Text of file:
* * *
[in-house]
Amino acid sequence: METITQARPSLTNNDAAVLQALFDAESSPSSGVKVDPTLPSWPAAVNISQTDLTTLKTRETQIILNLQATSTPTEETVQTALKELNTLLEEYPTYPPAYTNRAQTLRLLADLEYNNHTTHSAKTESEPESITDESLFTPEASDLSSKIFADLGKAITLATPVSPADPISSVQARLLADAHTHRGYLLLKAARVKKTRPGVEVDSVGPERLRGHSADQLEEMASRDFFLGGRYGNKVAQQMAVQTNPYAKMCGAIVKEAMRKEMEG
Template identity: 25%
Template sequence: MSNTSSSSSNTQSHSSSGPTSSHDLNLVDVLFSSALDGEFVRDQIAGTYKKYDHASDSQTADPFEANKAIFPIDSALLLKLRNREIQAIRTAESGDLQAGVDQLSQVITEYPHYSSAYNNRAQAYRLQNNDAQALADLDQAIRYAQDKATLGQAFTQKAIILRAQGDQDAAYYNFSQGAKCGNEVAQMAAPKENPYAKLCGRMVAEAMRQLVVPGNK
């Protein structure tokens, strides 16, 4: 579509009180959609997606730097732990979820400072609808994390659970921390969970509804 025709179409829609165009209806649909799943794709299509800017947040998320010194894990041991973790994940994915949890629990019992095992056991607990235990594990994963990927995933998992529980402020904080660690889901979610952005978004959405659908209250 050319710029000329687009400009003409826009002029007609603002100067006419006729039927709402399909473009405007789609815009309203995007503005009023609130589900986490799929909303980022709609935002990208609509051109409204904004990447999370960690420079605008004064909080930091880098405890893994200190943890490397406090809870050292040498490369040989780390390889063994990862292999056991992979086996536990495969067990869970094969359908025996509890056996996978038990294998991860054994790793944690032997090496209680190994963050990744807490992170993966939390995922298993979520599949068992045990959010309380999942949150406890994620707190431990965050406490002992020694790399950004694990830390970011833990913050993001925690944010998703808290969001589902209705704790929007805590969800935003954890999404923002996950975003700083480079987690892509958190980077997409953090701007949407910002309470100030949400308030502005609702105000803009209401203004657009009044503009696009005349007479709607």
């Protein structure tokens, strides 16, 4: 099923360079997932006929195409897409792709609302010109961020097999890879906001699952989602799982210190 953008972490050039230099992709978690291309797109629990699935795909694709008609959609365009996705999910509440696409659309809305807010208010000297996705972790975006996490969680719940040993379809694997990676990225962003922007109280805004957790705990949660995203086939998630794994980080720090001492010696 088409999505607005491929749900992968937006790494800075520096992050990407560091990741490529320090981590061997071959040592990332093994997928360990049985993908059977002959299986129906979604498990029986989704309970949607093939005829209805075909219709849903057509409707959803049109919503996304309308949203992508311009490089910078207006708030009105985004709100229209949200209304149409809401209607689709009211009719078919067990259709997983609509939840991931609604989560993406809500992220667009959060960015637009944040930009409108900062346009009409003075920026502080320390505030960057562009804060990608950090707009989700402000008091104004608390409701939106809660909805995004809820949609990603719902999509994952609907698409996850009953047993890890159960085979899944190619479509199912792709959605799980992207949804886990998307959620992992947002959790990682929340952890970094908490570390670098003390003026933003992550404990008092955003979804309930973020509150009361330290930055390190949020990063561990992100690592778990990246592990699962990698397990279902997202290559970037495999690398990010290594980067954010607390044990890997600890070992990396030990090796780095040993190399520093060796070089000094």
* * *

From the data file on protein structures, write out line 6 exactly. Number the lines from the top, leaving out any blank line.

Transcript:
């Protein structure tokens, strides 16, 4: 099923360079997932006929195409897409792709609302010109961020097999890879906001699952989602799982210190 953008972490050039230099992709978690291309797109629990699935795909694709008609959609365009996705999910509440696409659309809305807010208010000297996705972790975006996490969680719940040993379809694997990676990225962003922007109280805004957790705990949660995203086939998630794994980080720090001492010696 088409999505607005491929749900992968937006790494800075520096992050990407560091990741490529320090981590061997071959040592990332093994997928360990049985993908059977002959299986129906979604498990029986989704309970949607093939005829209805075909219709849903057509409707959803049109919503996304309308949203992508311009490089910078207006708030009105985004709100229209949200209304149409809401209607689709009211009719078919067990259709997983609509939840991931609604989560993406809500992220667009959060960015637009944040930009409108900062346009009409003075920026502080320390505030960057562009804060990608950090707009989700402000008091104004608390409701939106809660909805995004809820949609990603719902999509994952609907698409996850009953047993890890159960085979899944190619479509199912792709959605799980992207949804886990998307959620992992947002959790990682929340952890970094908490570390670098003390003026933003992550404990008092955003979804309930973020509150009361330290930055390190949020990063561990992100690592778990990246592990699962990698397990279902997202290559970037495999690398990010290594980067954010607390044990890997600890070992990396030990090796780095040993190399520093060796070089000094």